By an interesting co-incidence, the Moderator of the General Assembly of the Church of Scotland during the Centenary Year (1989) was a former pupil of the School.
The Reverend Professor Robert Davidson (we'll spare you, Robert, the embarrassment of mentioning your nickname, which we are quite sure you knew!) comes from Markinch, and attended Bell Baxter from 1939 to 1945.
It appears that science studies were an option, but it was to study Classics that he went to St Andrews University, after gaining the Patrick Hamilton Scholarship.
His career was destined to take him into the ministry of the Church of Scotland, but to the academic side rather than to the pastoral ministry. He began his teaching work in Aberdeen, where he lectured in Biblical Studies in the Arts Faculty. He specialised in Hebrew and Old Testament, which he taught at St Andrews and Edinburgh, in the Divinity Faculties there.
In 1972 he was appointed Professor of Old Testament Language and Literature at Trinity College, thus having done an academic tour of all four of the old Scottish Universities. He later became Professor Emeritus.
Although Robert may appear a quiet, reticent man, it was clear a few years back, when he brought his Trinity College student choir to Cupar to give a concert in St John's Church, that he enjoys an excellent relationship with his students. The whole atmosphere was light-hearted and cheerful.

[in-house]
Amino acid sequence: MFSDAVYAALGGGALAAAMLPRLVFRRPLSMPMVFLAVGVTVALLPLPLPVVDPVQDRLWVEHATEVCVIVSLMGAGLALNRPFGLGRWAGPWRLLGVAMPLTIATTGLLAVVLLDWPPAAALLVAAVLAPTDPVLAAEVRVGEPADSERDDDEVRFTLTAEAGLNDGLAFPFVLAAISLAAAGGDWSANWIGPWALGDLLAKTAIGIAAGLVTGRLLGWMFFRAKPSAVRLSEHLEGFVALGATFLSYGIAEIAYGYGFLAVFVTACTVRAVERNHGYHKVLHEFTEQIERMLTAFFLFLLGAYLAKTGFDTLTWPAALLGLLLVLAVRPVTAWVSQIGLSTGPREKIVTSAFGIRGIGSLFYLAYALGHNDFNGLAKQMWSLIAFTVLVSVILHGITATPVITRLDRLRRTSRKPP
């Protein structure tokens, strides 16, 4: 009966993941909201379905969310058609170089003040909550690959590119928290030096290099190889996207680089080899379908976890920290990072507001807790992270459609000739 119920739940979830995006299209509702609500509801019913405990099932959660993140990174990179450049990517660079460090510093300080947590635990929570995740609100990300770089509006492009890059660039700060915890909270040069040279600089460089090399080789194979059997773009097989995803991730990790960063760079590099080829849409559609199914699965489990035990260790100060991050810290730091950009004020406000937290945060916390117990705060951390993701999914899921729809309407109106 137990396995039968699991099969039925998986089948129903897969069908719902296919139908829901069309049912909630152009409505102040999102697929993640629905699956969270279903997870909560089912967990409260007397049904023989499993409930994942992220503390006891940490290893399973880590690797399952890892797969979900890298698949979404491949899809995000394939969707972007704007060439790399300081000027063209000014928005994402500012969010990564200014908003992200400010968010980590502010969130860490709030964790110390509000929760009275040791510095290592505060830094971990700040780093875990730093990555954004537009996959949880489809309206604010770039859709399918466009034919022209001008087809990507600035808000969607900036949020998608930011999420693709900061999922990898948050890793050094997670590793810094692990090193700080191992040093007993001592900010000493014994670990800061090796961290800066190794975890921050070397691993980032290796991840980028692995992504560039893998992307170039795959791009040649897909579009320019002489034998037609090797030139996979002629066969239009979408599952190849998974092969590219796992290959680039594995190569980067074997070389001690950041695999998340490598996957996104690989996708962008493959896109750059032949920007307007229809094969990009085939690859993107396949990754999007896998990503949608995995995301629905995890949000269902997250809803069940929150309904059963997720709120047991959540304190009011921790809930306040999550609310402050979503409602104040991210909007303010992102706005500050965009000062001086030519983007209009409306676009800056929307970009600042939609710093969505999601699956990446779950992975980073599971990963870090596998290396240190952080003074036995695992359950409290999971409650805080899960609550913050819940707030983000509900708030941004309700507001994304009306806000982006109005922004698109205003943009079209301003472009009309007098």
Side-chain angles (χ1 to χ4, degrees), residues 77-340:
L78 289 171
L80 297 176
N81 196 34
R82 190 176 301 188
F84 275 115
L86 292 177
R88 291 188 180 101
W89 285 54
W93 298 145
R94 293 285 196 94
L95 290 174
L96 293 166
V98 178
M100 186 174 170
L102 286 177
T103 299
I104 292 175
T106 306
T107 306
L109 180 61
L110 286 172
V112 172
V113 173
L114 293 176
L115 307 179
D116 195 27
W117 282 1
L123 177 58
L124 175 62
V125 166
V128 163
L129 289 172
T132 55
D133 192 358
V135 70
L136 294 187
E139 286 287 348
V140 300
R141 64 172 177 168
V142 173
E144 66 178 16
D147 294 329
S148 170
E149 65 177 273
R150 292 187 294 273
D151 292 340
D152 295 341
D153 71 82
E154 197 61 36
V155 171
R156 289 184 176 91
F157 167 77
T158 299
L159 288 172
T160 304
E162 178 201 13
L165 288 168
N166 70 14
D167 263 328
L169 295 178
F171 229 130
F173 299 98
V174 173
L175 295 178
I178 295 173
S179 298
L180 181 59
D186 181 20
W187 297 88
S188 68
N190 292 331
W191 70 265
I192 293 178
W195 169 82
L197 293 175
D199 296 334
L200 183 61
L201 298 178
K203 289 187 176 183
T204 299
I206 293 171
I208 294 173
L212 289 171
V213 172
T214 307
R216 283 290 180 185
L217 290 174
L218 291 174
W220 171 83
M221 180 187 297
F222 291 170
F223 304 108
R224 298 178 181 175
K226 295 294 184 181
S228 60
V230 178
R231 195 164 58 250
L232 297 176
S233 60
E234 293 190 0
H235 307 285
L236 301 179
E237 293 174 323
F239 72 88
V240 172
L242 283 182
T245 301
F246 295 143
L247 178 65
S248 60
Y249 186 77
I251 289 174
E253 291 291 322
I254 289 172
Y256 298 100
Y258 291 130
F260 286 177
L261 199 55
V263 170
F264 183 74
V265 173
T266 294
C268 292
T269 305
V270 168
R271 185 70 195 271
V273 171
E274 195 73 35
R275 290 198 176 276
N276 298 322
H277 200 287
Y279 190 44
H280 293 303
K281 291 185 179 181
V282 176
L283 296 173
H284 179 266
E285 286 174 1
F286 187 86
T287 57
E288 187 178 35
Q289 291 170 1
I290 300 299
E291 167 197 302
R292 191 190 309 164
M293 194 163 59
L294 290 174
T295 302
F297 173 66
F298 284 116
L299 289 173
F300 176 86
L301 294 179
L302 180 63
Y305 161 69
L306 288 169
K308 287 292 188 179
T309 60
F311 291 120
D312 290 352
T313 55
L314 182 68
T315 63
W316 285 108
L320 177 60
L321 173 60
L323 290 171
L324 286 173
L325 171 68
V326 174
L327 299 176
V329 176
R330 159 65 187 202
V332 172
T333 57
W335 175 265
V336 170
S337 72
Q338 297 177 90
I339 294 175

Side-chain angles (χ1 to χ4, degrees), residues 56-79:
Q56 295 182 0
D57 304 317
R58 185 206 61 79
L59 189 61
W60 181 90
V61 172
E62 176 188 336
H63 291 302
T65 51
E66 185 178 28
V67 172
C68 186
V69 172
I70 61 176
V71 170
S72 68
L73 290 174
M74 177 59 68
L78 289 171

He has contributed a stimulating series of articles on the Old Testament to Life and Work, the Church of Scotland's Monthly Magazine. During his year as Moderator he spoke out very strongly on various controversial issues, clearly unafraid of provoking vehement reactions.
He has also been very much a family man, with his feet therefore firmly in the world of the man-in-the-street.
It is pleasant to feel that the School may have played at least a small part in the career of such a distinguished churchman.
Publications: The Bible Speaks, 1959; The Old Testament, 1964; Geneses 1-11, 1973; Genesis 12 - 50, 1979; The Bible in Religious Education, 1979; The Courage to Doubt, 1983; Jeremiah Volume 1, 1983; Jeremiah Volume 2, Lamentations, 1985; Ecclesiastes, Song of Songs, 1986; Wisdom and Worship, 1990; A Beginner's Guide to the Old Testament, 1992; Go by the Book, 1996; The Vitality of Worship, 1998.